The scope of it took me back to our stop in Ashkabat in Turkmenistan – an entire modern city built to satisfy the vanity of one man, the Turkmenbashi, current holder of the World’s Nuttiest Ruler title.  Maybe some day visitors will flock there to marvel at the magnificent madness of it all?

And speaking of magnificent madness, we found this remarkable likeness of Simon among the warriors…

And we couldn’t resist this ‘end-of-the-pier’ photo op….

So, after the warriors it was on to the Big Wild Goose Pagoda that was built in the 7th century (we’re talking old here) to house the Buddhist sutras brought back to India by Xuanzang.  Had there been BMW 1200s in those days he would doubtless have ridden one to and from India and become the God of Grey Silk Riders. 

Susan kept asking our guide Sarah “Why did Xuanzang bring dog trees back from India,?”until she figured out that Sarah was saying ‘doctrines’.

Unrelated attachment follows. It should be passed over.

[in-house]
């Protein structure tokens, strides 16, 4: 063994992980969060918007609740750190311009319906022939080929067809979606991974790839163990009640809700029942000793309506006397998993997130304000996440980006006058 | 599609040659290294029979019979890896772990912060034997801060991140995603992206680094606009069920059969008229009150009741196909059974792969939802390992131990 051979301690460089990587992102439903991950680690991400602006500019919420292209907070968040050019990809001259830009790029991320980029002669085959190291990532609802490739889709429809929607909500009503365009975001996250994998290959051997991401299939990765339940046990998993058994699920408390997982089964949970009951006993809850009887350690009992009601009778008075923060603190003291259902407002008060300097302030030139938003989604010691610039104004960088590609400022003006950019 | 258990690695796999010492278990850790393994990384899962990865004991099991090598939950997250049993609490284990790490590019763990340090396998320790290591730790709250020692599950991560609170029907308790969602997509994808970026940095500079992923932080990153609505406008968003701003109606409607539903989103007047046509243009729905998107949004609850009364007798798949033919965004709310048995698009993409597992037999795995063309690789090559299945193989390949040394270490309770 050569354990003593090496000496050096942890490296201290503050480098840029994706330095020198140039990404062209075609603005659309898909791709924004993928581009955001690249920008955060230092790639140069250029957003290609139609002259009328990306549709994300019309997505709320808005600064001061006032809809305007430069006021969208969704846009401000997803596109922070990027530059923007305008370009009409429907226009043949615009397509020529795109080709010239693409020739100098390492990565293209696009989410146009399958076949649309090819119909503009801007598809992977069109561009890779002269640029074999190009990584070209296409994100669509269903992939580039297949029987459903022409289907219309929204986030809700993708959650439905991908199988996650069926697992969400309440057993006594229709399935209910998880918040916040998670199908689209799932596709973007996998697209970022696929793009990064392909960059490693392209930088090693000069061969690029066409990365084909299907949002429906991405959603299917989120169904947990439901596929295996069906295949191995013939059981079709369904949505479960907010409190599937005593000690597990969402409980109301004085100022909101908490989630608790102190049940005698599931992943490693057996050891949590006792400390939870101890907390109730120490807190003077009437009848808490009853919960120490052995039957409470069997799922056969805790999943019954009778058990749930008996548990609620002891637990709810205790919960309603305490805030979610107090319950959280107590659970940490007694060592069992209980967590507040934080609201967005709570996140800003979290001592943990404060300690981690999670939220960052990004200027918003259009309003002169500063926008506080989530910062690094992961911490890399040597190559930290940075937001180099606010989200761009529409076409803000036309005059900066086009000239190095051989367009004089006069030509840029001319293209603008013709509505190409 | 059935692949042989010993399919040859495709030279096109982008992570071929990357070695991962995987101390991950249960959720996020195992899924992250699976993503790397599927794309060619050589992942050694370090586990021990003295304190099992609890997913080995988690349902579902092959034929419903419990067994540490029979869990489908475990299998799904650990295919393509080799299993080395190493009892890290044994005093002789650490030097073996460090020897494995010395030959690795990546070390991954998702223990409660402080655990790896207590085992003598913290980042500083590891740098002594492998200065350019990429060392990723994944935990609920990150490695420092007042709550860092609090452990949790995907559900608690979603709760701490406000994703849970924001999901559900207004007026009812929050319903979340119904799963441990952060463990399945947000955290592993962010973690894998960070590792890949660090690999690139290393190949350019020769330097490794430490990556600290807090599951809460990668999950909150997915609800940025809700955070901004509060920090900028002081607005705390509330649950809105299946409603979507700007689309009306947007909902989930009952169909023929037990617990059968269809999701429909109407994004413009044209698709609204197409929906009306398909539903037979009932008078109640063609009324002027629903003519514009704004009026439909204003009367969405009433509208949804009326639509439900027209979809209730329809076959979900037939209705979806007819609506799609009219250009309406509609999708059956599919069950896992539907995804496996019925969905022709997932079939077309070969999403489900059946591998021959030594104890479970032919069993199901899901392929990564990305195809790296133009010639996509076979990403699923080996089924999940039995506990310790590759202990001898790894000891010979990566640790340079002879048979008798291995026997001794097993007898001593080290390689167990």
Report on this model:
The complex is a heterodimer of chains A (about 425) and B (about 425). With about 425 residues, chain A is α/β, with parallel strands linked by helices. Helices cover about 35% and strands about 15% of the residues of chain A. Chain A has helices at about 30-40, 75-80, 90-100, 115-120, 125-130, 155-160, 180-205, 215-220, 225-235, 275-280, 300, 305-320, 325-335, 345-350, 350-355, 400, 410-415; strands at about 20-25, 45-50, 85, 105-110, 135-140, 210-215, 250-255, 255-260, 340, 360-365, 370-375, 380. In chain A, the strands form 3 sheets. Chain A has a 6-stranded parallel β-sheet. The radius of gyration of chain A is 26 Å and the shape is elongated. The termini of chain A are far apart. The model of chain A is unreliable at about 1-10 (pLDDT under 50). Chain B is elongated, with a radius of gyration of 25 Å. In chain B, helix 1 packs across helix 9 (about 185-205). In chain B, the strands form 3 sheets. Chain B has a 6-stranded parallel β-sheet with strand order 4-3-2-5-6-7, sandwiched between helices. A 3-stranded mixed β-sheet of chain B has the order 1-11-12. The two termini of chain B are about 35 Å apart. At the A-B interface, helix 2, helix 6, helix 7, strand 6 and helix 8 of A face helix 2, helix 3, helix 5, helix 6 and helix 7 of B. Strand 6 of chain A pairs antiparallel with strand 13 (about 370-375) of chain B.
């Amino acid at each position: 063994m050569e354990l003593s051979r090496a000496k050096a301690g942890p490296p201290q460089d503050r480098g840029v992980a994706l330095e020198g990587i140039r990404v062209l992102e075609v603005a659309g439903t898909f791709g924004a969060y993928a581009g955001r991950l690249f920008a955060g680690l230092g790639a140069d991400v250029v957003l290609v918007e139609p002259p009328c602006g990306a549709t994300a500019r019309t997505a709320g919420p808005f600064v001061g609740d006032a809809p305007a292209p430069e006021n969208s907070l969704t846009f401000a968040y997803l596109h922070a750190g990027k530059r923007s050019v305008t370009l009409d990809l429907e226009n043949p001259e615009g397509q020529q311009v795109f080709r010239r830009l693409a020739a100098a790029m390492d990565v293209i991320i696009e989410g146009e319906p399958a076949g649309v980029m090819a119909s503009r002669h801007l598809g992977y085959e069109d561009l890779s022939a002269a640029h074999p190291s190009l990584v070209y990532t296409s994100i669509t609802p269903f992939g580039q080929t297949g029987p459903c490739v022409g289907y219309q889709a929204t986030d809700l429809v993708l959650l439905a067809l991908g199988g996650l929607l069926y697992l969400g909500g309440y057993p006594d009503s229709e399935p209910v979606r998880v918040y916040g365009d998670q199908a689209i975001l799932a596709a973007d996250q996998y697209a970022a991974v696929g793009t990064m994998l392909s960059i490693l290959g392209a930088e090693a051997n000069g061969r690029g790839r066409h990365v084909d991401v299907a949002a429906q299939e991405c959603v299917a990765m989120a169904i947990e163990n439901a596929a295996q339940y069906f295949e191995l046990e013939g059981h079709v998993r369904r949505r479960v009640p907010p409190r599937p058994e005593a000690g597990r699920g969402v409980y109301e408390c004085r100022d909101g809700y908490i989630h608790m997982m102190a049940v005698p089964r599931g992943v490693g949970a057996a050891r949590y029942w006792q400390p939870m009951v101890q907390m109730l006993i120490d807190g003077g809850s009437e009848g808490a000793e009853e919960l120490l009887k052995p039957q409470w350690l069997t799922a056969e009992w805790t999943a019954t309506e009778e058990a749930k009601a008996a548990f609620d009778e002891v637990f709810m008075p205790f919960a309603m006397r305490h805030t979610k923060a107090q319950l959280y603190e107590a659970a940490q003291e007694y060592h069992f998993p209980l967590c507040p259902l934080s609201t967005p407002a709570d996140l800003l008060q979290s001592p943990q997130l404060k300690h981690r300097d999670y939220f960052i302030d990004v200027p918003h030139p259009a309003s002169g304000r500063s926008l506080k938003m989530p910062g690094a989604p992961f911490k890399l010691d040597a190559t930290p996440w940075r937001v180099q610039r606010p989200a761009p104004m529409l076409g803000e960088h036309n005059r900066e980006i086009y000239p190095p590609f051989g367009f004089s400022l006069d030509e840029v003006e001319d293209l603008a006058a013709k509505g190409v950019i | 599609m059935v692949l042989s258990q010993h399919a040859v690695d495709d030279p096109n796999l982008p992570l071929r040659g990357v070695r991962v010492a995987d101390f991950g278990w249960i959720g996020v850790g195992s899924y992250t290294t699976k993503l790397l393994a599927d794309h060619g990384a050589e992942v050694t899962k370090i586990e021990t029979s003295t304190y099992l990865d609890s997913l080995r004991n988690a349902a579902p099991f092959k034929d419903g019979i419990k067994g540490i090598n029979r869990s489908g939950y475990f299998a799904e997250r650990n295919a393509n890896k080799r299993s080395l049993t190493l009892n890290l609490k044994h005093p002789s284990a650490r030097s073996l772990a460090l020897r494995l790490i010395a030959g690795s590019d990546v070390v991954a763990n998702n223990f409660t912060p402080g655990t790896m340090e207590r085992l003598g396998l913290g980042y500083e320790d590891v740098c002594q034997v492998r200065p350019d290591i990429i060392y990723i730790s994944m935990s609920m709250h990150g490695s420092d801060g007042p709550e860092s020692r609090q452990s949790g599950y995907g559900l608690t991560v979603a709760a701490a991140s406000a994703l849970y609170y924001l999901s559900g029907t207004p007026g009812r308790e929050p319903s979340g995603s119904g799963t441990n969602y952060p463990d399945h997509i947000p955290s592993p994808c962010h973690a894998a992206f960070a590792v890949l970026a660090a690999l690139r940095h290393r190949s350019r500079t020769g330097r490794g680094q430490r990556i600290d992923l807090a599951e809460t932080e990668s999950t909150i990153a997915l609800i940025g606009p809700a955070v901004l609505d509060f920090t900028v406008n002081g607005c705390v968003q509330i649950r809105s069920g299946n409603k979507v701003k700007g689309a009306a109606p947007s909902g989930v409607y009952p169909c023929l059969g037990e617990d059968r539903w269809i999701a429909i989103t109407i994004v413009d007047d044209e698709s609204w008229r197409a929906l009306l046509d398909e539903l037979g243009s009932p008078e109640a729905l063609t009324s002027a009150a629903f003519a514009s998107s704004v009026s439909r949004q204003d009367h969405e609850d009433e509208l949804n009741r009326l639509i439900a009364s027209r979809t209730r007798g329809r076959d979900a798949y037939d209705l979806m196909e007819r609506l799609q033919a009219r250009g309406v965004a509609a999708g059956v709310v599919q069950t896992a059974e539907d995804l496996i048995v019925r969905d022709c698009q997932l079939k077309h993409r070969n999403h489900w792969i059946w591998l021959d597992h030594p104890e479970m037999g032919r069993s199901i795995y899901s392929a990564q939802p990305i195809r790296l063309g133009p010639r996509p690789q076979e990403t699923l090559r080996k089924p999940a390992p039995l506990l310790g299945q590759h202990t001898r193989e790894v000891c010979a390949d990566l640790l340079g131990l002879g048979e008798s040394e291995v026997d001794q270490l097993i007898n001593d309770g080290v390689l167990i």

For my part, I was most impressed with this Swiss Army Knife Buddha.  This is a god worth worshipping…

And we climbed hundreds of pagoda stairs to get a better view of the smog…

In the evening we returned to the hustle-bustle world of the Muslim sector where Richard’s pal Ching-Ann took us to one of his favorite restaurants – a noisy Dickensian chaos, famous for its steamed dumplings.

And finally, maybe our bravest moment in the whole trip, a tuk-tuk ride back to the hotel with an insane driver through insane Xianian traffic…

Best to you all and love to my family,